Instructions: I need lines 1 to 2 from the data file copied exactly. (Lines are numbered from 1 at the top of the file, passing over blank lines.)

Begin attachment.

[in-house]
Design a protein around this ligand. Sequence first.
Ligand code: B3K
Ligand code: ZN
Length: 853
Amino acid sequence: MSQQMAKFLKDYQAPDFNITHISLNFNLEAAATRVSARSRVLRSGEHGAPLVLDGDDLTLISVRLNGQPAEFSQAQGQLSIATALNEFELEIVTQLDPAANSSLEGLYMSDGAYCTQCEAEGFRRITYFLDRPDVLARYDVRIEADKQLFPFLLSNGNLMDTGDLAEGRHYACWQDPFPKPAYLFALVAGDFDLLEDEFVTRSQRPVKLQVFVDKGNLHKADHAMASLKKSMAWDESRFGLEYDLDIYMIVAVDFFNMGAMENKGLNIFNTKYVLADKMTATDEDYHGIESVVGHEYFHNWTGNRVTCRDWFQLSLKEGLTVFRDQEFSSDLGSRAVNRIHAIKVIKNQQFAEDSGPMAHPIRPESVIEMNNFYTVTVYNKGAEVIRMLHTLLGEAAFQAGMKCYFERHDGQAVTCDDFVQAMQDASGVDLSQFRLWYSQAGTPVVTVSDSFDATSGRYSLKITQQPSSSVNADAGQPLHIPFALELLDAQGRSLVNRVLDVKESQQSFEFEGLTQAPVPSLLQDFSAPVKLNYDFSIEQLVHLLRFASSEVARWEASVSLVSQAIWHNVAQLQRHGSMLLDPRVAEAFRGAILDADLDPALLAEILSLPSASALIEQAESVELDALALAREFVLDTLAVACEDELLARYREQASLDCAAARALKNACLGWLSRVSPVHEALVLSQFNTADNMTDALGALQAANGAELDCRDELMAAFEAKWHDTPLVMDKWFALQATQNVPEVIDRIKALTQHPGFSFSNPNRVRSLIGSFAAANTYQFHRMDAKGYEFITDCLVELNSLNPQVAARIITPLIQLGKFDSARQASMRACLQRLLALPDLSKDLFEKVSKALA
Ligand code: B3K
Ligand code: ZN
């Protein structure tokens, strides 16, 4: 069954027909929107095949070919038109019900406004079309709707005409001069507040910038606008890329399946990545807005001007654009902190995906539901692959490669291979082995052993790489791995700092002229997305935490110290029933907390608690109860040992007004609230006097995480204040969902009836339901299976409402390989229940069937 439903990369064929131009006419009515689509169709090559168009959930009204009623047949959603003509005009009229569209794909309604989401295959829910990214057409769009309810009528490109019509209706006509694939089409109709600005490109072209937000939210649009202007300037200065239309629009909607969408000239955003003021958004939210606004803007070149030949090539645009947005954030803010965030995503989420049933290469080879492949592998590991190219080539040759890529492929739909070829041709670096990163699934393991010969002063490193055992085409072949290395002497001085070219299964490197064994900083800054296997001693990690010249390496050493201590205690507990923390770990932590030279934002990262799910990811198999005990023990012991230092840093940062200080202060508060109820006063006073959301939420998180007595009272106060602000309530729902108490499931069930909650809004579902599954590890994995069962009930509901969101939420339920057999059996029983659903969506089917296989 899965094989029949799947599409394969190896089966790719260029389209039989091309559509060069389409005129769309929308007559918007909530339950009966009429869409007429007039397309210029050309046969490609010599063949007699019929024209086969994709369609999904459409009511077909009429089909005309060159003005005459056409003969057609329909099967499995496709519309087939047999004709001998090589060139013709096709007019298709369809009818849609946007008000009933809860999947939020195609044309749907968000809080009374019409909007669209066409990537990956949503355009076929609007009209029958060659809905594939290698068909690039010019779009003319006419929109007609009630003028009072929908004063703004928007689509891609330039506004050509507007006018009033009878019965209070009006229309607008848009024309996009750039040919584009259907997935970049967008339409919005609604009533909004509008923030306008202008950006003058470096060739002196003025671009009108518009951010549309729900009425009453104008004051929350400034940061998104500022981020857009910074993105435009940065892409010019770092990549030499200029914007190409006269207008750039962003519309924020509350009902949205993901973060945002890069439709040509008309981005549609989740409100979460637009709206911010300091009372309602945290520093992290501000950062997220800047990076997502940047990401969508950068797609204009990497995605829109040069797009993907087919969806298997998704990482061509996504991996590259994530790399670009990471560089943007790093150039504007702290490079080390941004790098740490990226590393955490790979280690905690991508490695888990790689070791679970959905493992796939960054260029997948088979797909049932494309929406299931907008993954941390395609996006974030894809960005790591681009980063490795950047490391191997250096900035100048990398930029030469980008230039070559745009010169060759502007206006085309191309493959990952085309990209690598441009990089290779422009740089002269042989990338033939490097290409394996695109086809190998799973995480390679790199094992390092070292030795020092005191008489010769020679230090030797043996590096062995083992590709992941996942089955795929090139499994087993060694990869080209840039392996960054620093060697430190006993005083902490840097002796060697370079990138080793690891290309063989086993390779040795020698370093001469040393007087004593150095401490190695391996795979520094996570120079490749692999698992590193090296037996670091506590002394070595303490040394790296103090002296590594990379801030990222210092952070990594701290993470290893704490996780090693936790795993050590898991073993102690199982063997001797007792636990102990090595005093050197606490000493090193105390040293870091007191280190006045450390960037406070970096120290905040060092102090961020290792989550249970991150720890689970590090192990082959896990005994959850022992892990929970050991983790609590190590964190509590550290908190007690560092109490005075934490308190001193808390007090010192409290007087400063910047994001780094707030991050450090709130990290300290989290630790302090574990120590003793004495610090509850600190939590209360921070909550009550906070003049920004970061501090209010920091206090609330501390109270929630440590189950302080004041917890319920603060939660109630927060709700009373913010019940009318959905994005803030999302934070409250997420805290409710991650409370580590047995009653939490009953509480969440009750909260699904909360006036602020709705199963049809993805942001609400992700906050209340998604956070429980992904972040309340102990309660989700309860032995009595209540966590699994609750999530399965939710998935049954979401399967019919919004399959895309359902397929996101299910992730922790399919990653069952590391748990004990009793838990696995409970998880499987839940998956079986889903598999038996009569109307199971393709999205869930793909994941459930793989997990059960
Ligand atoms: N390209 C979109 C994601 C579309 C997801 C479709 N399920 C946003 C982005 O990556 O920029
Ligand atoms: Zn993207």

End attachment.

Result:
[in-house]
Design a protein around this ligand. Sequence first.